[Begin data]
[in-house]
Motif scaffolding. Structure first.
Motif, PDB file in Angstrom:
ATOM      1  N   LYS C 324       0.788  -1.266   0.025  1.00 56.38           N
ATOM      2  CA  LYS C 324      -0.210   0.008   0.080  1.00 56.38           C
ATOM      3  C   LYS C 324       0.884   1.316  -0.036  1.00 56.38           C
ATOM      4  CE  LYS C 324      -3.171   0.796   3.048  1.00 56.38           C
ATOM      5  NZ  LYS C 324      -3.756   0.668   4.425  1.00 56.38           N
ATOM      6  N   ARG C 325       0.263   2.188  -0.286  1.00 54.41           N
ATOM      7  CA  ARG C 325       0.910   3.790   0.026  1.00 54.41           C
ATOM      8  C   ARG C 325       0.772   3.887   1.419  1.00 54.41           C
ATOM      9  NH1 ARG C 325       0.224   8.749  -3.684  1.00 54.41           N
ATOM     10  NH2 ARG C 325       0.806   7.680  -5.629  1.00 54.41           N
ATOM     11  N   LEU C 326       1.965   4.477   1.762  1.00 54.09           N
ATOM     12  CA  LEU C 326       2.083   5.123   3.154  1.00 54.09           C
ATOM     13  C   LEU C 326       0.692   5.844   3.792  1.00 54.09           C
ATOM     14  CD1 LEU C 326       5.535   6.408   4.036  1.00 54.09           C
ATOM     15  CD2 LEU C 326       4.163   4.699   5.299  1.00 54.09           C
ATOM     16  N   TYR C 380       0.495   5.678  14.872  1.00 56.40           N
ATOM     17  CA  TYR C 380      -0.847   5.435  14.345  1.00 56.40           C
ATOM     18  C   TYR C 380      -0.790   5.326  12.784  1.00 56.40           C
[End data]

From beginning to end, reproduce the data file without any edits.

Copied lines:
[in-house]
Motif scaffolding. Structure first.
Motif, PDB file in Angstrom:
ATOM      1  N   LYS C 324       0.788  -1.266   0.025  1.00 56.38           N
ATOM      2  CA  LYS C 324      -0.210   0.008   0.080  1.00 56.38           C
ATOM      3  C   LYS C 324       0.884   1.316  -0.036  1.00 56.38           C
ATOM      4  CE  LYS C 324      -3.171   0.796   3.048  1.00 56.38           C
ATOM      5  NZ  LYS C 324      -3.756   0.668   4.425  1.00 56.38           N
ATOM      6  N   ARG C 325       0.263   2.188  -0.286  1.00 54.41           N
ATOM      7  CA  ARG C 325       0.910   3.790   0.026  1.00 54.41           C
ATOM      8  C   ARG C 325       0.772   3.887   1.419  1.00 54.41           C
ATOM      9  NH1 ARG C 325       0.224   8.749  -3.684  1.00 54.41           N
ATOM     10  NH2 ARG C 325       0.806   7.680  -5.629  1.00 54.41           N
ATOM     11  N   LEU C 326       1.965   4.477   1.762  1.00 54.09           N
ATOM     12  CA  LEU C 326       2.083   5.123   3.154  1.00 54.09           C
ATOM     13  C   LEU C 326       0.692   5.844   3.792  1.00 54.09           C
ATOM     14  CD1 LEU C 326       5.535   6.408   4.036  1.00 54.09           C
ATOM     15  CD2 LEU C 326       4.163   4.699   5.299  1.00 54.09           C
ATOM     16  N   TYR C 380       0.495   5.678  14.872  1.00 56.40           N
ATOM     17  CA  TYR C 380      -0.847   5.435  14.345  1.00 56.40           C
ATOM     18  C   TYR C 380      -0.790   5.326  12.784  1.00 56.40           C